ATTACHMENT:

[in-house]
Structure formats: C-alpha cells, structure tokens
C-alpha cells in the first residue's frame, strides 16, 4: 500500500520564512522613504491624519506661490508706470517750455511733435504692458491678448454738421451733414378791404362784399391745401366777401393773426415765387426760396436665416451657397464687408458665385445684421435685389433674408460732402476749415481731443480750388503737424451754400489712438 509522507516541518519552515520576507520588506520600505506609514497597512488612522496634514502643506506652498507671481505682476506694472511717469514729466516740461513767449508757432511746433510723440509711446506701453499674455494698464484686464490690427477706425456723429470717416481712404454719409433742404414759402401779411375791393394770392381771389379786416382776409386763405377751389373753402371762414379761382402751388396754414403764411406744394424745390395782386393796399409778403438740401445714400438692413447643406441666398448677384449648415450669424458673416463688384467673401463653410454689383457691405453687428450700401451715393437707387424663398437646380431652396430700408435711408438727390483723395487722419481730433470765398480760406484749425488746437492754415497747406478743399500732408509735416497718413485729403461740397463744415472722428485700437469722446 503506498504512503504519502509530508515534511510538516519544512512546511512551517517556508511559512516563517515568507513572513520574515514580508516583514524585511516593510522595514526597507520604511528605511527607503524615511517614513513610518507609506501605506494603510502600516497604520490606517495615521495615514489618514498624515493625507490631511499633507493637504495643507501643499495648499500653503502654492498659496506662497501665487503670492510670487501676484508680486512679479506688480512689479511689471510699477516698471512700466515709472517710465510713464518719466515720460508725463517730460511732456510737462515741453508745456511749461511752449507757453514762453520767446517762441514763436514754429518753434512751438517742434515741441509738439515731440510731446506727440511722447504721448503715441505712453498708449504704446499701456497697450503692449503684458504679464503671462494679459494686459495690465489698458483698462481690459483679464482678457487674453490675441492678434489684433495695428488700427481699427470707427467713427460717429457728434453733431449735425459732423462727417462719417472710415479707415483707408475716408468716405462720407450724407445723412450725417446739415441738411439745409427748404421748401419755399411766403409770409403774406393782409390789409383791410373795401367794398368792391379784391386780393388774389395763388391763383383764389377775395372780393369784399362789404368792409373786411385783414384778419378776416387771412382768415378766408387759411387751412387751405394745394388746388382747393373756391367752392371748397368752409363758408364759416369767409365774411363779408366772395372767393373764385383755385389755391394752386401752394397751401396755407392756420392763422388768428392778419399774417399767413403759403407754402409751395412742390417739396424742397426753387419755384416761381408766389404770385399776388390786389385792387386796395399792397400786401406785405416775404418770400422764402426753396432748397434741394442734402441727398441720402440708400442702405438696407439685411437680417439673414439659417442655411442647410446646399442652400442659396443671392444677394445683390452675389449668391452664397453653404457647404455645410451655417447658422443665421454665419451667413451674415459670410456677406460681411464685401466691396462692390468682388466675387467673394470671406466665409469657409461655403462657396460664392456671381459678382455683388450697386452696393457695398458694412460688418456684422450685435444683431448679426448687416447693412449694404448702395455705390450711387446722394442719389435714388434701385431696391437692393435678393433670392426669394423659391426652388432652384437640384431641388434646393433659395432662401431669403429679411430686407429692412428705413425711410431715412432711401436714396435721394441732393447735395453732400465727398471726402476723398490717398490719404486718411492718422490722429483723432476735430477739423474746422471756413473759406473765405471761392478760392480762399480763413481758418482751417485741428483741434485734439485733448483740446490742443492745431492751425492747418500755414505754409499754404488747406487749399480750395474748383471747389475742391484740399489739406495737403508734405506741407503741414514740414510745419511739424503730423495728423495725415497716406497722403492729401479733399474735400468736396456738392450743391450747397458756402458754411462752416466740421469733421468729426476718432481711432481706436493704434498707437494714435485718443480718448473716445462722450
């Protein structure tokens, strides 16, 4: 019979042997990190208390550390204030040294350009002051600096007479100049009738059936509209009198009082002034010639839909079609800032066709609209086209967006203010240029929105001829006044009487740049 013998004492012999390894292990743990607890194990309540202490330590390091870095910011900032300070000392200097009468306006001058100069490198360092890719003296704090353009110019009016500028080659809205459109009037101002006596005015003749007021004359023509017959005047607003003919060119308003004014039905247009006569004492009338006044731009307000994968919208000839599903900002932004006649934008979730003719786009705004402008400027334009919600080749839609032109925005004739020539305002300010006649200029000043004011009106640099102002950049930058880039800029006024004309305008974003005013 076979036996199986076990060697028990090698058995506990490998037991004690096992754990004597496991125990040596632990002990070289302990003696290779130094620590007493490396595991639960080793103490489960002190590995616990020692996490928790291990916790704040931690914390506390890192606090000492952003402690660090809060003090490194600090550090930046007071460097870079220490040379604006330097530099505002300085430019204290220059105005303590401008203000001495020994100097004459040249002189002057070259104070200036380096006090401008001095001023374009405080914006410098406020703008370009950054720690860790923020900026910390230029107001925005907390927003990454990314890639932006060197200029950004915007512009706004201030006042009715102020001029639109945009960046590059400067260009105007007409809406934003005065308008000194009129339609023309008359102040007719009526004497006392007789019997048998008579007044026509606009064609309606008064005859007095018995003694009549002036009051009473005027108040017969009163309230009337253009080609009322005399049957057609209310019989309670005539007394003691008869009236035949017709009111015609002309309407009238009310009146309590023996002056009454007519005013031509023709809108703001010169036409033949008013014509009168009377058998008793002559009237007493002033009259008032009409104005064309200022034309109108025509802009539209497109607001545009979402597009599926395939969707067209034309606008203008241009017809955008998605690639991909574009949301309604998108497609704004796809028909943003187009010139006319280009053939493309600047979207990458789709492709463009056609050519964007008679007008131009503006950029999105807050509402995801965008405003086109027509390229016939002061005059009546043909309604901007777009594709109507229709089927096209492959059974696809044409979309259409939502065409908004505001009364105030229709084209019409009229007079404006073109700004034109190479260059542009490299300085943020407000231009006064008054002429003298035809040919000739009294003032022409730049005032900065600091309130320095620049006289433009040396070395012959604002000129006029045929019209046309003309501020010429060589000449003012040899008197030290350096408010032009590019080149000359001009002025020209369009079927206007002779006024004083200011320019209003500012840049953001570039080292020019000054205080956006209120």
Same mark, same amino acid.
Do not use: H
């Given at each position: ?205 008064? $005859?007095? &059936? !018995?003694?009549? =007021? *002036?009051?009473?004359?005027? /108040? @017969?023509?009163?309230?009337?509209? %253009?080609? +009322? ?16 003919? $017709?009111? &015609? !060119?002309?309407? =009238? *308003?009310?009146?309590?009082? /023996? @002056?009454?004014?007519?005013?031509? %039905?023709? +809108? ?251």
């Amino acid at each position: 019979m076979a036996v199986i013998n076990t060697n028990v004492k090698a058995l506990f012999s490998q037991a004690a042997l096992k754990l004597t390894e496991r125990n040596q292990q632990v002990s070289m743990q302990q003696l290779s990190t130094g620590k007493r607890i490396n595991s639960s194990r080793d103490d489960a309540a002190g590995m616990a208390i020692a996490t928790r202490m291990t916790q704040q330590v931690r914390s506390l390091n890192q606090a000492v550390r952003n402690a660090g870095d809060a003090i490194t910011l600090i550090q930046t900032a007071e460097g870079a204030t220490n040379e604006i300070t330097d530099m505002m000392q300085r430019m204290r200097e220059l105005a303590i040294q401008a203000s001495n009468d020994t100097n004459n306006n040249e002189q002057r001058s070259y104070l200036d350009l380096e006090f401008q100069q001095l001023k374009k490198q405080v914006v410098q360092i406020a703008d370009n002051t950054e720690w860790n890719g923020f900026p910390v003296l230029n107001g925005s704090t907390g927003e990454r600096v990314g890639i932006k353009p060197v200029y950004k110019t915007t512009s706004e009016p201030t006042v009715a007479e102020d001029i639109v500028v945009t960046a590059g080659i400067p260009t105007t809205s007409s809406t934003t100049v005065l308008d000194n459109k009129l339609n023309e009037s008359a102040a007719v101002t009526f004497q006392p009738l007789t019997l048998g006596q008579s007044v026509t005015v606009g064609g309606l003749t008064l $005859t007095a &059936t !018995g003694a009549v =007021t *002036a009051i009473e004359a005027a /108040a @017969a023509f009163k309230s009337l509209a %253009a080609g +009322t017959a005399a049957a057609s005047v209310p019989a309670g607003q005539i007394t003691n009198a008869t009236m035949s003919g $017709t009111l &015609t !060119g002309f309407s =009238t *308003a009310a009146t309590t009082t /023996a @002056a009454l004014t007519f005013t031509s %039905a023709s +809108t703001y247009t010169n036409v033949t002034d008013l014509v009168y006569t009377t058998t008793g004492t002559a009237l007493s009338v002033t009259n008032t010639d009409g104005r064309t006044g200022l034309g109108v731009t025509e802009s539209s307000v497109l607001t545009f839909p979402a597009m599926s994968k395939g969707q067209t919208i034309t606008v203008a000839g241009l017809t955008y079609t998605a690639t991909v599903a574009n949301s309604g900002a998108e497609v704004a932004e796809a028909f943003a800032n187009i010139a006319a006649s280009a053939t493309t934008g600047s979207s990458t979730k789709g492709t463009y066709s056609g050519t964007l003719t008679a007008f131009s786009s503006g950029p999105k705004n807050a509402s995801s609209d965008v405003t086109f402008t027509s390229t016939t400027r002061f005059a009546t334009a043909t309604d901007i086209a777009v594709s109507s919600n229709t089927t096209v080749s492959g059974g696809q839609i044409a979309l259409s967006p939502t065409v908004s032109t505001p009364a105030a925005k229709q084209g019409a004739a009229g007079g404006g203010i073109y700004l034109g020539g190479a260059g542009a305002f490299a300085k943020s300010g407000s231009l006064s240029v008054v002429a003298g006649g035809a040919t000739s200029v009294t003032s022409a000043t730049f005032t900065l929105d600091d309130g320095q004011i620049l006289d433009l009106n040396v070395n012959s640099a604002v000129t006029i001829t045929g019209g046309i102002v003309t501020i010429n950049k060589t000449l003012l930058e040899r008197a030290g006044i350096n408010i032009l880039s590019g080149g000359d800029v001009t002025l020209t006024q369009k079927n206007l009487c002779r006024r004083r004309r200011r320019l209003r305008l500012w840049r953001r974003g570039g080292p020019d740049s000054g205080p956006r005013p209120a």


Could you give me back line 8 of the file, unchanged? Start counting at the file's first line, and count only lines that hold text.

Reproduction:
């Amino acid at each position: 019979m076979a036996v199986i013998n076990t060697n028990v004492k090698a058995l506990f012999s490998q037991a004690a042997l096992k754990l004597t390894e496991r125990n040596q292990q632990v002990s070289m743990q302990q003696l290779s990190t130094g620590k007493r607890i490396n595991s639960s194990r080793d103490d489960a309540a002190g590995m616990a208390i020692a996490t928790r202490m291990t916790q704040q330590v931690r914390s506390l390091n890192q606090a000492v550390r952003n402690a660090g870095d809060a003090i490194t910011l600090i550090q930046t900032a007071e460097g870079a204030t220490n040379e604006i300070t330097d530099m505002m000392q300085r430019m204290r200097e220059l105005a303590i040294q401008a203000s001495n009468d020994t100097n004459n306006n040249e002189q002057r001058s070259y104070l200036d350009l380096e006090f401008q100069q001095l001023k374009k490198q405080v914006v410098q360092i406020a703008d370009n002051t950054e720690w860790n890719g923020f900026p910390v003296l230029n107001g925005s704090t907390g927003e990454r600096v990314g890639i932006k353009p060197v200029y950004k110019t915007t512009s706004e009016p201030t006042v009715a007479e102020d001029i639109v500028v945009t960046a590059g080659i400067p260009t105007t809205s007409s809406t934003t100049v005065l308008d000194n459109k009129l339609n023309e009037s008359a102040a007719v101002t009526f004497q006392p009738l007789t019997l048998g006596q008579s007044v026509t005015v606009g064609g309606l003749t008064l $005859t007095a &059936t !018995g003694a009549v =007021t *002036a009051i009473e004359a005027a /108040a @017969a023509f009163k309230s009337l509209a %253009a080609g +009322t017959a005399a049957a057609s005047v209310p019989a309670g607003q005539i007394t003691n009198a008869t009236m035949s003919g $017709t009111l &015609t !060119g002309f309407s =009238t *308003a009310a009146t309590t009082t /023996a @002056a009454l004014t007519f005013t031509s %039905a023709s +809108t703001y247009t010169n036409v033949t002034d008013l014509v009168y006569t009377t058998t008793g004492t002559a009237l007493s009338v002033t009259n008032t010639d009409g104005r064309t006044g200022l034309g109108v731009t025509e802009s539209s307000v497109l607001t545009f839909p979402a597009m599926s994968k395939g969707q067209t919208i034309t606008v203008a000839g241009l017809t955008y079609t998605a690639t991909v599903a574009n949301s309604g900002a998108e497609v704004a932004e796809a028909f943003a800032n187009i010139a006319a006649s280009a053939t493309t934008g600047s979207s990458t979730k789709g492709t463009y066709s056609g050519t964007l003719t008679a007008f131009s786009s503006g950029p999105k705004n807050a509402s995801s609209d965008v405003t086109f402008t027509s390229t016939t400027r002061f005059a009546t334009a043909t309604d901007i086209a777009v594709s109507s919600n229709t089927t096209v080749s492959g059974g696809q839609i044409a979309l259409s967006p939502t065409v908004s032109t505001p009364a105030a925005k229709q084209g019409a004739a009229g007079g404006g203010i073109y700004l034109g020539g190479a260059g542009a305002f490299a300085k943020s300010g407000s231009l006064s240029v008054v002429a003298g006649g035809a040919t000739s200029v009294t003032s022409a000043t730049f005032t900065l929105d600091d309130g320095q004011i620049l006289d433009l009106n040396v070395n012959s640099a604002v000129t006029i001829t045929g019209g046309i102002v003309t501020i010429n950049k060589t000449l003012l930058e040899r008197a030290g006044i350096n408010i032009l880039s590019g080149g000359d800029v001009t002025l020209t006024q369009k079927n206007l009487c002779r006024r004083r004309r200011r320019l209003r305008l500012w840049r953001r974003g570039g080292p020019d740049s000054g205080p956006r005013p209120a």